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Reproductive Responses to Nutritional Stress in Adult Female Collared Peccaries
Robert L. Lochmiller, E. C. Hellgren and W. E. Grant
The Journal of Wildlife Management
Vol. 50, No. 2 (Apr., 1986), pp. 295-300
Stable URL: http://www.jstor.org/stable/3801916
Page Count: 6
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The influence of nutrition on adult female collared peccary (Tayassu tajacu) breeding activity during the peak breeding season in Texas was studied under controlled conditions. Thirteen captive adults were fed either a high quality (15.2% crude protein and 3,300 kcal digestible energy/kg) or low quality (6.3% crude protein and 1,921 kcal digestible energy/kg) diet beginning 25 October 1983. The low quality diet simulated the energy and protein intake of an adult female during drought range conditions. During the peak breeding season (Jan-Feb) in 1985, a daily breeding program was implemented to monitor estrous behavior and fertility. All females were sacrificed after approximately 15 weeks. Three of 6 receiving the low quality diet showed no behavioral signs of estrus, whereas all females fed the high quality diet were bred. Duration of estrus averaged 1.3 and 3.5 days for cycling females on low and high quality diets, respectively. Only 1 of the 3 cycling females on the low quality diet became pregnant, whereas 6 out of 7 cycling females on the high quality diet became pregnant. Ovarian examination revealed ≤50% of the females receiving the low quality diet for 10 weeks entered the peak breeding season in an anestrous condition. This study suggests that prior nutritional stress among wild females will greatly influence the incidence of pregnancy and, hence, recruitment of young into the herd.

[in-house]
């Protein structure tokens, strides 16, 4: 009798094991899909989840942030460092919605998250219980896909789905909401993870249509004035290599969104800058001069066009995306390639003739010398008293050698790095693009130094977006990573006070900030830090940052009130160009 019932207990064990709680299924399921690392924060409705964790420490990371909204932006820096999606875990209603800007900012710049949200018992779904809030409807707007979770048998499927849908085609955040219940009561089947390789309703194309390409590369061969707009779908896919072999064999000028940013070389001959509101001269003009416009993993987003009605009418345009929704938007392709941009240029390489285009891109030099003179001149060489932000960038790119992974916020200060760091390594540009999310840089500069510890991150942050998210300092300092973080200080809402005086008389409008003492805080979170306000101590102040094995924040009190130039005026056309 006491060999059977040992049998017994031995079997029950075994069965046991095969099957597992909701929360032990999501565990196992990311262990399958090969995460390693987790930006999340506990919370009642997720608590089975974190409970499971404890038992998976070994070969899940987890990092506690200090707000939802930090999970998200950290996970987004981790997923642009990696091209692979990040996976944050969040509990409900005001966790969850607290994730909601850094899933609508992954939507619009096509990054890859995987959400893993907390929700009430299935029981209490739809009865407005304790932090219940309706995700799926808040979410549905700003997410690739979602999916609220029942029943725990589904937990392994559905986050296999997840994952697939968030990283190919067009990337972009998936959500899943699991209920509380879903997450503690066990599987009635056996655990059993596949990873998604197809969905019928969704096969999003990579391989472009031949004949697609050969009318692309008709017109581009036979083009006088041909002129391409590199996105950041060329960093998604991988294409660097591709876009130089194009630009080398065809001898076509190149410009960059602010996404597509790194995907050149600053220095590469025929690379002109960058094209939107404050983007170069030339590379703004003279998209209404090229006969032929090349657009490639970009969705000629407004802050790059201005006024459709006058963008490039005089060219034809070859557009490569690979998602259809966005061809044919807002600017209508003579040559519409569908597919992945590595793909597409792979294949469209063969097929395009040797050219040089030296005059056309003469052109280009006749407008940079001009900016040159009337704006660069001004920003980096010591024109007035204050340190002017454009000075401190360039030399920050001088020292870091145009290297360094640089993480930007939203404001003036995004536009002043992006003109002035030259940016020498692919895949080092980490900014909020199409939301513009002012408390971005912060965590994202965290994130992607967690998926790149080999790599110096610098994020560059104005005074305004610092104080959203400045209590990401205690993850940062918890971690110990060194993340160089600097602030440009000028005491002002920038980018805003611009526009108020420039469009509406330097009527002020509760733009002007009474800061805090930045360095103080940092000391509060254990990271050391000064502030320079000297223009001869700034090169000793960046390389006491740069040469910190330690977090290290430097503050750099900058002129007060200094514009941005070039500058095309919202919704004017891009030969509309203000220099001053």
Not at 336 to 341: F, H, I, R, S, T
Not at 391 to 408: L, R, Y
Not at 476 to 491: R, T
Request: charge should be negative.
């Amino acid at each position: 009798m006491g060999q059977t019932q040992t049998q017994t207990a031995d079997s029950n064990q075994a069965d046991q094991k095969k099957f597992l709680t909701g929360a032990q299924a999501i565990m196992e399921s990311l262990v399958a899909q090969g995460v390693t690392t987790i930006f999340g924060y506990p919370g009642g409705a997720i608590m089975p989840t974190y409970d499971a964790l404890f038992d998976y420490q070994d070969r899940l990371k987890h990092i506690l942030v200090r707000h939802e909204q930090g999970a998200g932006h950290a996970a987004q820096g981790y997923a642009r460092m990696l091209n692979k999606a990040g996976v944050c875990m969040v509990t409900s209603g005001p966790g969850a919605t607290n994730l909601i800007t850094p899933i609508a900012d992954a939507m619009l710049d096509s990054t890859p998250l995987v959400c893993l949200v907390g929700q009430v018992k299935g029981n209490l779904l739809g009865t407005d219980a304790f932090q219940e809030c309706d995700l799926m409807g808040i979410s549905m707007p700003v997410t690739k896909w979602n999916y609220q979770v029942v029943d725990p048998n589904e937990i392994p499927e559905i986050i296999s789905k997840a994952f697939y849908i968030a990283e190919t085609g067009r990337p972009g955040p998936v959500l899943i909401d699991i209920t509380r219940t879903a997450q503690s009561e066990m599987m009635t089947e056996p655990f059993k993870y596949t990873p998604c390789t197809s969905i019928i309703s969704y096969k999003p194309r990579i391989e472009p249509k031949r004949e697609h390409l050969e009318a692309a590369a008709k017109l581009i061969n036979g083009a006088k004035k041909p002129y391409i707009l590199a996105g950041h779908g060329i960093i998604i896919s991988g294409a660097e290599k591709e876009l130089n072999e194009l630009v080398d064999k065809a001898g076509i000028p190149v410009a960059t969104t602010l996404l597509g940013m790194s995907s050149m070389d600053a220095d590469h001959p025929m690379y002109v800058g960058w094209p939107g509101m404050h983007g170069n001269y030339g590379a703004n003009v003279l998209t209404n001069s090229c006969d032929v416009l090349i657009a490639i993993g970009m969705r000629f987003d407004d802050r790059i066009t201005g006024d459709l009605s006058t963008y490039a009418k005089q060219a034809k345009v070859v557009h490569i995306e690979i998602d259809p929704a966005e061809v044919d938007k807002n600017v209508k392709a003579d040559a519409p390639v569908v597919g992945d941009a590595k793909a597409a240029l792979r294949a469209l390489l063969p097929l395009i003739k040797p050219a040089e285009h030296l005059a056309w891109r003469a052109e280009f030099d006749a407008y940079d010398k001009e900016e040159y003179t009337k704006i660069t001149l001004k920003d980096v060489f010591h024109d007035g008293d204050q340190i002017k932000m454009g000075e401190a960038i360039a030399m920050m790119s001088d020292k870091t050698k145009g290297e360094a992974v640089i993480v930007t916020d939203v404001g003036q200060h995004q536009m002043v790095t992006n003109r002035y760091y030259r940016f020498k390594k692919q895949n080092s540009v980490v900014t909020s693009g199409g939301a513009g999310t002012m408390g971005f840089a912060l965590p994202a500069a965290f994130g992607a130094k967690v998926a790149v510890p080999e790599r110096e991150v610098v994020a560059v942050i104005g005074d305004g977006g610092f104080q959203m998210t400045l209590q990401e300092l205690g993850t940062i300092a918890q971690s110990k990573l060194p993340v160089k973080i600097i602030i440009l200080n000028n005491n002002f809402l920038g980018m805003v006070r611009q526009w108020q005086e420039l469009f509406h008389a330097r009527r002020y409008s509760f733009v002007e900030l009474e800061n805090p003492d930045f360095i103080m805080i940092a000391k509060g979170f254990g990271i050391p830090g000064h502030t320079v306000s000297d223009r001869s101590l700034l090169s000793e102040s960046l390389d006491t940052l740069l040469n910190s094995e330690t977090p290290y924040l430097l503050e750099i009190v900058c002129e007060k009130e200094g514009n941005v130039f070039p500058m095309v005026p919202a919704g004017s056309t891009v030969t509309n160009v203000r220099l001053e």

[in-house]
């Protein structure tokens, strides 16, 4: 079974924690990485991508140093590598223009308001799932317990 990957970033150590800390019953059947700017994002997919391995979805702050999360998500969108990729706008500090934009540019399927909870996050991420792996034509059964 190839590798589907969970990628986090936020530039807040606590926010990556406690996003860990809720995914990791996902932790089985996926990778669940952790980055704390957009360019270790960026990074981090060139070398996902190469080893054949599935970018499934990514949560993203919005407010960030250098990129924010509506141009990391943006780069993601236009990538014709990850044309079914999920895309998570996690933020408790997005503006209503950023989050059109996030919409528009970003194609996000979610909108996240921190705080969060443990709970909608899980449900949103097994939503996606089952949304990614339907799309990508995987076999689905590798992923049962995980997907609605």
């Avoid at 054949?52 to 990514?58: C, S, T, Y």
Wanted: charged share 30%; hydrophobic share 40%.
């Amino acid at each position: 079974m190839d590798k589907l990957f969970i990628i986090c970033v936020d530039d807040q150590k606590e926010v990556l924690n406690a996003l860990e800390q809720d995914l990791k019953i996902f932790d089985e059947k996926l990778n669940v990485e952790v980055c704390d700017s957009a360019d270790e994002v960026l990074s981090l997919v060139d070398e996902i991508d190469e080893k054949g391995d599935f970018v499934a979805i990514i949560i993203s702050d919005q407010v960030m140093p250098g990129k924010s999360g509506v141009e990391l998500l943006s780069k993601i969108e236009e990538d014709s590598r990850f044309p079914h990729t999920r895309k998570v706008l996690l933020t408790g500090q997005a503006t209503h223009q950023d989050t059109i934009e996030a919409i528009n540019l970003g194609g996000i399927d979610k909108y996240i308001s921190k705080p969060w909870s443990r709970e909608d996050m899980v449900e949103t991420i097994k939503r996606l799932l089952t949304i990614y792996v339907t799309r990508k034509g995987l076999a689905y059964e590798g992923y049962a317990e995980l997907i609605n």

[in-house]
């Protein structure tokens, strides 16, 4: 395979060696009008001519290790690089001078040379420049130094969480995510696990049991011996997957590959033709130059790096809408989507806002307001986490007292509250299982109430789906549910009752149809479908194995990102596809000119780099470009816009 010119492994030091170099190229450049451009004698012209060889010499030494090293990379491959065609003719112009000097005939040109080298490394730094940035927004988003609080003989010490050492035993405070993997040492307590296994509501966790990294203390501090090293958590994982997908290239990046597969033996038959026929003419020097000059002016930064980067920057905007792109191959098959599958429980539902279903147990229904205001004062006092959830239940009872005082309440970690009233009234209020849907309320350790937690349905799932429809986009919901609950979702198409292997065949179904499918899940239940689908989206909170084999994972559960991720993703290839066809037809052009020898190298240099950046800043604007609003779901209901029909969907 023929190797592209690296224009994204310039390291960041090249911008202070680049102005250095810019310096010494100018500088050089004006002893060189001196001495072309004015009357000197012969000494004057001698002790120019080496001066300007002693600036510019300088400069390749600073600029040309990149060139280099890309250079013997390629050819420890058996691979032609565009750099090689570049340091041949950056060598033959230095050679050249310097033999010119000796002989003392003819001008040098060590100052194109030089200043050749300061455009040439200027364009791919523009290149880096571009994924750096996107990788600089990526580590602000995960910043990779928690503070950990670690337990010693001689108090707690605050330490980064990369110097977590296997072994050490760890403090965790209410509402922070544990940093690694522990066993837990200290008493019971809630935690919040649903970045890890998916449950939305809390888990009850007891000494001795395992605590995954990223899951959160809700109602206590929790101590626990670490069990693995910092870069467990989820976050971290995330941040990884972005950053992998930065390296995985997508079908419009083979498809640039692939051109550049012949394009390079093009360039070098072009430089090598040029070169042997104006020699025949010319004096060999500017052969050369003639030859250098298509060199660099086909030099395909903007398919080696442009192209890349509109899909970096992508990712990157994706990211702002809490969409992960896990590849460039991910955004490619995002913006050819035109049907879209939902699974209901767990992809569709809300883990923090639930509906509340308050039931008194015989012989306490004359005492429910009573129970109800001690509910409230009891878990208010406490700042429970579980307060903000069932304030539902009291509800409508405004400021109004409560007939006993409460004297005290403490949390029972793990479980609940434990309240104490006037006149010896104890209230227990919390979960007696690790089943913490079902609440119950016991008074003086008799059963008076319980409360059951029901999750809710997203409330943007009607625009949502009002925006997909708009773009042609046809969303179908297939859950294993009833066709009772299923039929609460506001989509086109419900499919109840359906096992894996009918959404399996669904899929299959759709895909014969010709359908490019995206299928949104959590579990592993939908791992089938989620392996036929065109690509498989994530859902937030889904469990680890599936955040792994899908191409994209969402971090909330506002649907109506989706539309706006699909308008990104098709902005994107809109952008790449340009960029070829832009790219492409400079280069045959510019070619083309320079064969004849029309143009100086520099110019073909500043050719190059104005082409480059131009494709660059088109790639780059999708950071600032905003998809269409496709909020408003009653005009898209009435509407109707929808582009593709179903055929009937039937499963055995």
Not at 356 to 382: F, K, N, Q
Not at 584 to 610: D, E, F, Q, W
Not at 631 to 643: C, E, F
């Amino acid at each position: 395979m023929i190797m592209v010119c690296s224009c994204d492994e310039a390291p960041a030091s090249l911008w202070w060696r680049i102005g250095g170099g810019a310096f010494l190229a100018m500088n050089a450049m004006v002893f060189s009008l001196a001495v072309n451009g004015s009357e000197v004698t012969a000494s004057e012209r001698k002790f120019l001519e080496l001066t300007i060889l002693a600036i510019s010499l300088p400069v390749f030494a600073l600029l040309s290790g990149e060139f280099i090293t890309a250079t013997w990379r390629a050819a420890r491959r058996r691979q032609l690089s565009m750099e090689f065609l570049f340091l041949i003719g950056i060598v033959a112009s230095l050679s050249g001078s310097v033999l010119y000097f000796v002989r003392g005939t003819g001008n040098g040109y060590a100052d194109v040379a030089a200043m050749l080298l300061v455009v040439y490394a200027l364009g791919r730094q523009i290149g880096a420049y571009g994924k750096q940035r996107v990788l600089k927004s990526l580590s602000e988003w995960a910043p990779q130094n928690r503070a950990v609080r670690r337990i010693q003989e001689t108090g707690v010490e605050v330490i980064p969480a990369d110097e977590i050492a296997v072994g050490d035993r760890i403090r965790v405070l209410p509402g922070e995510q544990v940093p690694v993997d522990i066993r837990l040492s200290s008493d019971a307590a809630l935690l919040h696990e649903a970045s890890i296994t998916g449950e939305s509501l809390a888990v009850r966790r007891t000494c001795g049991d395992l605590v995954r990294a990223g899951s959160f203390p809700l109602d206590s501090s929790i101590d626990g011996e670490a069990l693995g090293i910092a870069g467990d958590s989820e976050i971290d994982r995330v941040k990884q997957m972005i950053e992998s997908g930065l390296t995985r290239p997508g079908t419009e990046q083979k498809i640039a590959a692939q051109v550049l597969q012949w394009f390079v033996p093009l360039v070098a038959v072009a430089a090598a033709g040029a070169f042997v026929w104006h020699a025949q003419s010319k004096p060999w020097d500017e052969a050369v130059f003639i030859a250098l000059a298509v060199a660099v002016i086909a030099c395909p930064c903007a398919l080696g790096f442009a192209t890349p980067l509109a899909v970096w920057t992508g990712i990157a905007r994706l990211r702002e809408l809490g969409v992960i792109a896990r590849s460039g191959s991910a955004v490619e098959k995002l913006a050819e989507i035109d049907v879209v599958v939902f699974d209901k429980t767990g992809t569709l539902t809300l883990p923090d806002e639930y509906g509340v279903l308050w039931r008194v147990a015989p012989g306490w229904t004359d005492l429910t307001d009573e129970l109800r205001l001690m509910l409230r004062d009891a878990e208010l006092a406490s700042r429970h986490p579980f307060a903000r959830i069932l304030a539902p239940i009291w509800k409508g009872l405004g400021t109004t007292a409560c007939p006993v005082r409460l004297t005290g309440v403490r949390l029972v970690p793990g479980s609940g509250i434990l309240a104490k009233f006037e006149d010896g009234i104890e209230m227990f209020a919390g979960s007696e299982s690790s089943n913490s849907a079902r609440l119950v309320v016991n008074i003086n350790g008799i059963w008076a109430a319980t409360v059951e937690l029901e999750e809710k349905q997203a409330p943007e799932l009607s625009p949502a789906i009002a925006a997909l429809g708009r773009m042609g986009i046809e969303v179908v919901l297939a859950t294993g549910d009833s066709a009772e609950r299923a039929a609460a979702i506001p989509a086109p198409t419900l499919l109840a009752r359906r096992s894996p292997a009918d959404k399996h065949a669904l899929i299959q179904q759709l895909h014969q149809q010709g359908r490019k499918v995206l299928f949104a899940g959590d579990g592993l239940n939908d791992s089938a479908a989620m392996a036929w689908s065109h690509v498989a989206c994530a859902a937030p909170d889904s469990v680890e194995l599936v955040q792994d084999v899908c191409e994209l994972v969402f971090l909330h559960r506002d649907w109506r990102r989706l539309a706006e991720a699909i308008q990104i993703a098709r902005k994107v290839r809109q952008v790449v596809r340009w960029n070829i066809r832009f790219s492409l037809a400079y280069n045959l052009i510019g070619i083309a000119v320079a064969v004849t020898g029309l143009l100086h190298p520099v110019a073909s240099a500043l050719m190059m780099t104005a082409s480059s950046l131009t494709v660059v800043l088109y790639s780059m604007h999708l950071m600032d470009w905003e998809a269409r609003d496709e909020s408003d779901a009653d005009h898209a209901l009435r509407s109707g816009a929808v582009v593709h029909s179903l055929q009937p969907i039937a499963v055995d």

The Journal of Wildlife Management © 1986 Wiley